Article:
Corruption main poll issue for first-timers; many plan to return home to vote. Having recently received their voter’s ID cards, many are thrilled that they are finally voters.

First-time voters in Hyderabad are waiting with baited breath for polling day.

On April 30, they will be able to exercise their right to vote and be part of world’s largest democratic exercise. Many point out that their vote could spark the change they wish to see in the country.

Having recently received their voter’s ID cards, many are thrilled that they are finally voters.

“I recently got myself enrolled in the voters’ list and also have my voter ID. I am very excited since this is the first time, and I already feel responsible for the country,” gushes 18-year-old Arusha Pabbaraju, a student of St. Francis College.

The excitement to be part of the elections is so huge that students pursuing their education in other cities plan to come back by the end of the month to cast their vote.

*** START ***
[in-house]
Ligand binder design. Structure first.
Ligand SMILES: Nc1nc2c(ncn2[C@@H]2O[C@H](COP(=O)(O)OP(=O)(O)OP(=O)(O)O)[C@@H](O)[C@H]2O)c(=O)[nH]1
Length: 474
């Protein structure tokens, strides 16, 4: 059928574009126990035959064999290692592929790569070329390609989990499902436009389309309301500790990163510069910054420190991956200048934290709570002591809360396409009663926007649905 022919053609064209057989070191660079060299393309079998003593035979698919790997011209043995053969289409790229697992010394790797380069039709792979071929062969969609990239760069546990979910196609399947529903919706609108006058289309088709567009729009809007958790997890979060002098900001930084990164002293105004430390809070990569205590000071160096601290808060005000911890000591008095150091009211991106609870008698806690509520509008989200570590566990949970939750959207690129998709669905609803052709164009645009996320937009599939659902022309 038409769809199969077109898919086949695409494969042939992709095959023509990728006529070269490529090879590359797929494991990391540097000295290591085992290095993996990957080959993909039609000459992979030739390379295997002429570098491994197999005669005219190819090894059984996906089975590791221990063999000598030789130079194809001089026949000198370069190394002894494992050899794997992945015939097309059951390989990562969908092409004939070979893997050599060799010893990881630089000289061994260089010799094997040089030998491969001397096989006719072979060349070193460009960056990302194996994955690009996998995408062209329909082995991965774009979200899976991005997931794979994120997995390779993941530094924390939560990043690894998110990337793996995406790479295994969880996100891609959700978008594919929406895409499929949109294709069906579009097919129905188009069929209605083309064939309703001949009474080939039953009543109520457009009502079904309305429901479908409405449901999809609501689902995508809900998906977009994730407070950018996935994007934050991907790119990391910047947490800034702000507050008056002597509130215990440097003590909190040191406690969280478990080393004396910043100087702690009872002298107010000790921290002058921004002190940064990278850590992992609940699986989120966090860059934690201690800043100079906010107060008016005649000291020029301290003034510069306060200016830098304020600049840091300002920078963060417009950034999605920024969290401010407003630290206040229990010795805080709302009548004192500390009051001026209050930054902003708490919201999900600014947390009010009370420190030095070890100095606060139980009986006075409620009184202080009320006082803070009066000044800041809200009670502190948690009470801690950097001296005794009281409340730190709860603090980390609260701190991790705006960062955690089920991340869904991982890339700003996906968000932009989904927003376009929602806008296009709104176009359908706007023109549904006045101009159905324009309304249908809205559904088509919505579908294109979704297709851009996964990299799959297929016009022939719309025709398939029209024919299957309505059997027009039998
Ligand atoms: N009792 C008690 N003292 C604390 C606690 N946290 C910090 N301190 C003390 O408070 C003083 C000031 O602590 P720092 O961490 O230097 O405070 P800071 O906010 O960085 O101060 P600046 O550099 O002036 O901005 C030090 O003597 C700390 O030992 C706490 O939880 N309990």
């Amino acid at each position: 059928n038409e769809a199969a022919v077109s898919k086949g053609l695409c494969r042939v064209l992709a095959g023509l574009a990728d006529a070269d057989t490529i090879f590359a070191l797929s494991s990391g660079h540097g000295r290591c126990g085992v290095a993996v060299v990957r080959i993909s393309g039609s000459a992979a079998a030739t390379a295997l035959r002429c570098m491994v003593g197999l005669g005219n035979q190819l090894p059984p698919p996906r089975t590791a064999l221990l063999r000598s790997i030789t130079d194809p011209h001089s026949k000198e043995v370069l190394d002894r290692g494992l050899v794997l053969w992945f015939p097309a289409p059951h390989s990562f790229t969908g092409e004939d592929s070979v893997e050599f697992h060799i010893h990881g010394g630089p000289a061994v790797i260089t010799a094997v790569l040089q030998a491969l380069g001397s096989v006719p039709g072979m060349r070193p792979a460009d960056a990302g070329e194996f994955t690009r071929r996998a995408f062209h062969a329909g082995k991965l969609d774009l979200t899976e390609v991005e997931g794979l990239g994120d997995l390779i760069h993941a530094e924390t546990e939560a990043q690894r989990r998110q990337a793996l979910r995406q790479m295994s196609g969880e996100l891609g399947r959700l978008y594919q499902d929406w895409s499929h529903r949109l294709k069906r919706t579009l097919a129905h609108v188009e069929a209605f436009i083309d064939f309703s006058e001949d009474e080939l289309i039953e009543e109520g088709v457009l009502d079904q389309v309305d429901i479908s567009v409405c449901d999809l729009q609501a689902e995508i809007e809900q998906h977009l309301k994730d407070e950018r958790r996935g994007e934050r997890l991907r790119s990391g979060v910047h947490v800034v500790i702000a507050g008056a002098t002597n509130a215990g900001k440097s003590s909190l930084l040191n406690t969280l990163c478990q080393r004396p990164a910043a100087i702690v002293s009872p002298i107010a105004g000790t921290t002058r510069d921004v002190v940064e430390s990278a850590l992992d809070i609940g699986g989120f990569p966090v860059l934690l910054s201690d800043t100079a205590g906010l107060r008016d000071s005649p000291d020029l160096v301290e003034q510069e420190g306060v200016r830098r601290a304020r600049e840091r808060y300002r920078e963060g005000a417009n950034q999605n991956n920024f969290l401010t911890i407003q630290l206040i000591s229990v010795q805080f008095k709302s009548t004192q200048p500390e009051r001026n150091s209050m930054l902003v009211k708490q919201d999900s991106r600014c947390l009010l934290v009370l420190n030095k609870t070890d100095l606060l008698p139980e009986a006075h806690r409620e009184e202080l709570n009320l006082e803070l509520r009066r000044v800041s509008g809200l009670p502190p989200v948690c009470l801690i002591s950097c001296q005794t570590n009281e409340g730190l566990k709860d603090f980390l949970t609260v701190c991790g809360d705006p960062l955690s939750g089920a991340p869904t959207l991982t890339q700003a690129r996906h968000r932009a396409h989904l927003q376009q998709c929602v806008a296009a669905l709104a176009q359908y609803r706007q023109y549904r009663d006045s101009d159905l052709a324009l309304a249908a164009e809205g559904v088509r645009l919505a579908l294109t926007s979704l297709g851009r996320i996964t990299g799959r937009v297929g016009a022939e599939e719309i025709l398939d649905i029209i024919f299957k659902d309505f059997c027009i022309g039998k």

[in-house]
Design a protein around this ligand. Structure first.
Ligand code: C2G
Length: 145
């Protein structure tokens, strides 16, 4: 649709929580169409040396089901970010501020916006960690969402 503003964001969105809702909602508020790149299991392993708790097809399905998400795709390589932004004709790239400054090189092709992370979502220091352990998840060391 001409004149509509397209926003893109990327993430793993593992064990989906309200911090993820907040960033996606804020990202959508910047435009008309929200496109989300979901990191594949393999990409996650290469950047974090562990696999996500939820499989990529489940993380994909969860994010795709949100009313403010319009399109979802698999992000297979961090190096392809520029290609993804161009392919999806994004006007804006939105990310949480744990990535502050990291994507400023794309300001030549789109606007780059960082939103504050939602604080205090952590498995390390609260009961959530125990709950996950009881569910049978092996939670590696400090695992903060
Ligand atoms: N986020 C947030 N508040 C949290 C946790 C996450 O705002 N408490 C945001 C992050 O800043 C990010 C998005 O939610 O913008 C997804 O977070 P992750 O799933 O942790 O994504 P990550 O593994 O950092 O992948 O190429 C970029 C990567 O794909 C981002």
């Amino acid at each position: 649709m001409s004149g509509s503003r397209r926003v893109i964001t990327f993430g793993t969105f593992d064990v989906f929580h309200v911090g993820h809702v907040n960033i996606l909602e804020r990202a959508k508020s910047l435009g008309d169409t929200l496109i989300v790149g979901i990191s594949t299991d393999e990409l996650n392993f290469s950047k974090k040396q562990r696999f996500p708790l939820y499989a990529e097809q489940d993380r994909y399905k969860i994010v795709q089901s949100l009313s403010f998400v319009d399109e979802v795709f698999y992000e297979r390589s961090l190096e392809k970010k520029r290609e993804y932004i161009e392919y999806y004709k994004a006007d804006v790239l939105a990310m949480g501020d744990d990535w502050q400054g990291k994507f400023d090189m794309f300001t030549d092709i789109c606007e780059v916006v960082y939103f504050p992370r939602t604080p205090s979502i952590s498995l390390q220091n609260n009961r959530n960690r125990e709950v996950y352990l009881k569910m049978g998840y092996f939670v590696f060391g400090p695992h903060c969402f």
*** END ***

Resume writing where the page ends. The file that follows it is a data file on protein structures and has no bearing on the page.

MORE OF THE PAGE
“I have already booked flight tickets to Hyderabad on April 30. I am looking forward to being with family, so that we can cast our votes together,” says 19-year-old Chandana Arval, a student at O.P. Jindal Global Law School, Delhi.

The not-so-lucky

However, not everyone has the comfort of travelling back home.

Shivani Agarwal, a Lucknow resident and student of Bangalore’s Christ University, can’t travel to her native place to take part in the elections.

“I had planned to cast my maiden vote this year. But, I can’t vote because of my work here. I am yet to enrol my name in Bangalore,” she laments.

As far as issues go, corruption continues to remain a priority.

“We want to vote for a party that will make India corruption-free,” says 19-year-olds Harsha Vardhan and Sathvik Saineni.

Another student Kanishk Dhupad says, “It’s our duty to vote for the least corrupt.” He says it with a lot of conviction, as he gets ready to case vote for the first time.

Final-year biotechnology student Rishi Kotecha points out that voters are intelligent, and would make the right decision at the poll booth.

“Voters are the ones who make the decisions, and I am sure I will make the right one this year,” he says.

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